What does it produce?

Markov analysis can be viewed as the analytical equivalent of Monte Carlo Simulation (MCS). By “analytical” we mean a method that ultimately depends on formulas and their solution rather than the randomisation approach of MCS. However Markov analysis and MCS are similar in the sense that they both represent a system in the form of a mathematical model that reflects the dynamics of the system. The Markov model however is more restrictive in that it assumes transition times between system states that have an Exponential distribution while there are no such restrictions if the MCS approach is adopted.

Given this similarity it is clear that a very wide range of output results can be obtained from a Markov analysis such as reliability, availability, fraction of system time within a given state, average time spent in a given state, utilisation of repair teams, demand on spares holdings, etc. A complete picture of the system in terms of reliability parameters can therefore be obtained from a Markov analysis, and these parameters can be examined in terms of their sensitivity to the input assumptions. Being an analytical method, Markov analysis takes very little time to perform on modern microprocessors contrasting with generally much longer times for MCS runs. This analytical approach also implies that practically exact answers are obtained from a Markov analysis while MCS requires long runs to achieve reasonable accuracy, particularly when investigating small design changes or the performance of high integrity systems.

Advantages and disadvantages

Markov analysis has the advantage of being an analytical method which means that the reliability parameters for the system are calculated in effect by a formula. This has the considerable advantages of speed and accuracy when producing results. Speed is especially useful when investigating many alternative variations of design or exploring a range of sensitivities. In contrast accuracy is vitally important when investigating small design changes or when the reliability or availability of high integrity systems are being quantified. Markov analysis has a clear advantage over MCS in respect of speed and accuracy since MCS requires longer simulation runs to achieve higher accuracy and, unlike Markov analysis, does not produce an “exact” answer.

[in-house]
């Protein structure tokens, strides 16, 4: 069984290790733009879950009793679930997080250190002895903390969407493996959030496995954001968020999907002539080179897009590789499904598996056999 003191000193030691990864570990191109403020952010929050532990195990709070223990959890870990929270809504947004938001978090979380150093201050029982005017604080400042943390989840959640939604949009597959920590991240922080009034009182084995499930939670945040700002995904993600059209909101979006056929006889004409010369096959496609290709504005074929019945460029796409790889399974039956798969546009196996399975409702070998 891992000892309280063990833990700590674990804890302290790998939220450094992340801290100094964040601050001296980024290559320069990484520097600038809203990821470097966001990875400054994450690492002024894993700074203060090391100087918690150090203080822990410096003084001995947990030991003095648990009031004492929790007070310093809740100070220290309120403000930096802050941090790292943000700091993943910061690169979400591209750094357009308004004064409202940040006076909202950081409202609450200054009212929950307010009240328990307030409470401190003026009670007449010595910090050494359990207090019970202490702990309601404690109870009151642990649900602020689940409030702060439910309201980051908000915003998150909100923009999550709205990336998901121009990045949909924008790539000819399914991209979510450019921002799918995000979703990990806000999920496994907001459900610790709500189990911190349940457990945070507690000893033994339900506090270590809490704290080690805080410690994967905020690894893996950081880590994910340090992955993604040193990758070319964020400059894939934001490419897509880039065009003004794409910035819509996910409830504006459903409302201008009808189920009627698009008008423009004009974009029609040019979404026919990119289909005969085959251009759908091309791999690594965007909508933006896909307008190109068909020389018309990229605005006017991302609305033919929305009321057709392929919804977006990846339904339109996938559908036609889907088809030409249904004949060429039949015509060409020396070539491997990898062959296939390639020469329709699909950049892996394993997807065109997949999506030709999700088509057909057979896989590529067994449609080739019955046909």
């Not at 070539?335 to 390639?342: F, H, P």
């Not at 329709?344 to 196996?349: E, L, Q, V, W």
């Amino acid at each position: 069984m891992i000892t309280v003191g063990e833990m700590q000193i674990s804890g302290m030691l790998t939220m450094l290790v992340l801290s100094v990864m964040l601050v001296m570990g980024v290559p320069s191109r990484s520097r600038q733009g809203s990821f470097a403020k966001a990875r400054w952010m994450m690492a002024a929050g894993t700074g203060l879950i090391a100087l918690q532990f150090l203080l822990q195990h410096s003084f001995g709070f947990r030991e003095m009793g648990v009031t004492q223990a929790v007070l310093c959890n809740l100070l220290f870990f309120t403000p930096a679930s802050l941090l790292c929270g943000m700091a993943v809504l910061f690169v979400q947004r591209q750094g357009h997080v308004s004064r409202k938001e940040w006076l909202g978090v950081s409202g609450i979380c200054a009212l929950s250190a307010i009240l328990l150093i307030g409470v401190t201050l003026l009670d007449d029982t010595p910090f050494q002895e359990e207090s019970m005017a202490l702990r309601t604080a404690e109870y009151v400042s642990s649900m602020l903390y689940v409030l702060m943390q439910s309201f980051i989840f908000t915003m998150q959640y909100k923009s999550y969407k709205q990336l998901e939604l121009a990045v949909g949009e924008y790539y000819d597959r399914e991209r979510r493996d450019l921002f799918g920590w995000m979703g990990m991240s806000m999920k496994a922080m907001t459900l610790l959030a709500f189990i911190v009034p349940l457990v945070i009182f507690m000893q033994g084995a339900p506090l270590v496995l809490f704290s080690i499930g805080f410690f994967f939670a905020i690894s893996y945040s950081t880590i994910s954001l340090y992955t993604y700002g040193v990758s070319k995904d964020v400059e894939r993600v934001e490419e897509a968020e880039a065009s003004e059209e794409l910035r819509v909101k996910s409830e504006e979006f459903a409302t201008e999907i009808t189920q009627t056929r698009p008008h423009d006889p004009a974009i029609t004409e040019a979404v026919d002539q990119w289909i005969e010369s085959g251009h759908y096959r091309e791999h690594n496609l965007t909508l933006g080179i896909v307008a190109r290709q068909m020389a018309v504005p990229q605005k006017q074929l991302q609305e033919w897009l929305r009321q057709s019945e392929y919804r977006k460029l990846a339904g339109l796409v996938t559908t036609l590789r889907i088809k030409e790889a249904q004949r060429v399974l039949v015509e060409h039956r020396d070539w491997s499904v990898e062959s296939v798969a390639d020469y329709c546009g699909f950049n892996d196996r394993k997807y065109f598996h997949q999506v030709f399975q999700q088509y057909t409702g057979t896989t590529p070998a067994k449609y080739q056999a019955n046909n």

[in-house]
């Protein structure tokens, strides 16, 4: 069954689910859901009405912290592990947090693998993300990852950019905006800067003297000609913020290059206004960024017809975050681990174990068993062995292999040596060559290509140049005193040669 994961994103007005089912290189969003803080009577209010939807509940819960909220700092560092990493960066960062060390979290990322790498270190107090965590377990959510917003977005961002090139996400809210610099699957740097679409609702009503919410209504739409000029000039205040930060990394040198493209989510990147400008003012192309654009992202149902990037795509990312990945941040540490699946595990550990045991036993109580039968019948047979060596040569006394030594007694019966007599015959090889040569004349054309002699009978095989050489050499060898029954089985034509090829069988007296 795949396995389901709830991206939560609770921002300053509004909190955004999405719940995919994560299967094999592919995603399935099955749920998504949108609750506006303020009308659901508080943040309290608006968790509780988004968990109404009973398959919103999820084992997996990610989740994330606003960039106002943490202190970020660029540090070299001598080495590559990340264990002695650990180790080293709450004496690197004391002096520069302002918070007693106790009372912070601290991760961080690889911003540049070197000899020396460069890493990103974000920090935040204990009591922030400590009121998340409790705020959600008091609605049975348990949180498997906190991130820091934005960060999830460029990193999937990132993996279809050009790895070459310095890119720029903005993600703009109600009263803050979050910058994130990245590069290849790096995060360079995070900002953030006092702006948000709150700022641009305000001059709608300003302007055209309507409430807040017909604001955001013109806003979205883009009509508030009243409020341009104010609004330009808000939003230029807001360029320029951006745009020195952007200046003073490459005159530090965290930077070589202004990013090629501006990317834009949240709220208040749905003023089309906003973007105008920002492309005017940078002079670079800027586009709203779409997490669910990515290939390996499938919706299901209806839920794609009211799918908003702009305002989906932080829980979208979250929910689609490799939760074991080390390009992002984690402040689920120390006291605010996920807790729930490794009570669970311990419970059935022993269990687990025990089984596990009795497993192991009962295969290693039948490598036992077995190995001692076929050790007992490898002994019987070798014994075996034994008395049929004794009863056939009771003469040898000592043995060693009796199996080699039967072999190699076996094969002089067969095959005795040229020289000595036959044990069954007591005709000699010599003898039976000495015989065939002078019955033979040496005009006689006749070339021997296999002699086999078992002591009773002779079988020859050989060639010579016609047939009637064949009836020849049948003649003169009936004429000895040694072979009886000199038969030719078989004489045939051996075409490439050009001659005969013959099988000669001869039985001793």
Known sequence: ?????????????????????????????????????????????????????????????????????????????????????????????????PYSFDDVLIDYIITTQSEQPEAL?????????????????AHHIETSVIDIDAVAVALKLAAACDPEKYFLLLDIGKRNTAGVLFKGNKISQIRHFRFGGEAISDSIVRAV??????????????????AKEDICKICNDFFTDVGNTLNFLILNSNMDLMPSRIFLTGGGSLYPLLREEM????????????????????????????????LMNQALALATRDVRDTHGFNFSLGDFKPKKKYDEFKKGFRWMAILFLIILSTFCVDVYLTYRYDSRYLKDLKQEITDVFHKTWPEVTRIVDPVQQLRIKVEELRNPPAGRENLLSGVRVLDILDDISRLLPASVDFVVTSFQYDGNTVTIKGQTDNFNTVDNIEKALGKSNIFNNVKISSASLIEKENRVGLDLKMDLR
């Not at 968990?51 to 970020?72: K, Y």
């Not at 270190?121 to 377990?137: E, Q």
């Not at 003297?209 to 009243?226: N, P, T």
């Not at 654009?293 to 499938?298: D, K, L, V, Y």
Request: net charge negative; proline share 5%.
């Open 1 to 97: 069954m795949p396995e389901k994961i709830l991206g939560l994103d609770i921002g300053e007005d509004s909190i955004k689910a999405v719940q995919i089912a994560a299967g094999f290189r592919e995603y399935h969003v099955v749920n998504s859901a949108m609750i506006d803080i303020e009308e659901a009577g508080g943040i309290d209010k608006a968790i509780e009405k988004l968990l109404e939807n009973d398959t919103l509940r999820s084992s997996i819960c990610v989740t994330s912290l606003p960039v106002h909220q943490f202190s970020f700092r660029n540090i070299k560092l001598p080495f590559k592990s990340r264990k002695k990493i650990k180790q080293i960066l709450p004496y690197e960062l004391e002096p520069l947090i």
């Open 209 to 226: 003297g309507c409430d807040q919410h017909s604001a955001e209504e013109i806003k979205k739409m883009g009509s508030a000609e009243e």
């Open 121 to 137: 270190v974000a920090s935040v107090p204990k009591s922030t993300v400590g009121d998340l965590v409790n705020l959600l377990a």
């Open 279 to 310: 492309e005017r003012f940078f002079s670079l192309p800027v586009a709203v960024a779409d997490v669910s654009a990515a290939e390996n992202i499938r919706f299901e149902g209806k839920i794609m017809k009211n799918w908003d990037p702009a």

As in the case of applying MCS, Markov analysis requires great care during the model building phase since model accuracy is all-important in obtaining valid results. The assumptions implicit in Markov models that are associated with memorilessness and the Exponential distribution to represent times to failure and repair provide additional constraints to those within MCS. Markov models can therefore become somewhat contrived if these implicit assumptions do not reflect sufficiently well the characteristics of a system and how it functions in practice. In order to gain the benefits of speed and accuracy that it can offer, Markov analysis depends to a greater extent on the experience and judgement of the modeller than MCS. Also, whilst MCS is a safer and more flexible approach, it does not always offer the speed and accuracy that may be required in particular system studies.

Markov analysis is just one of the techniques covered on our 5-day course Introduction to Reliability Engineering.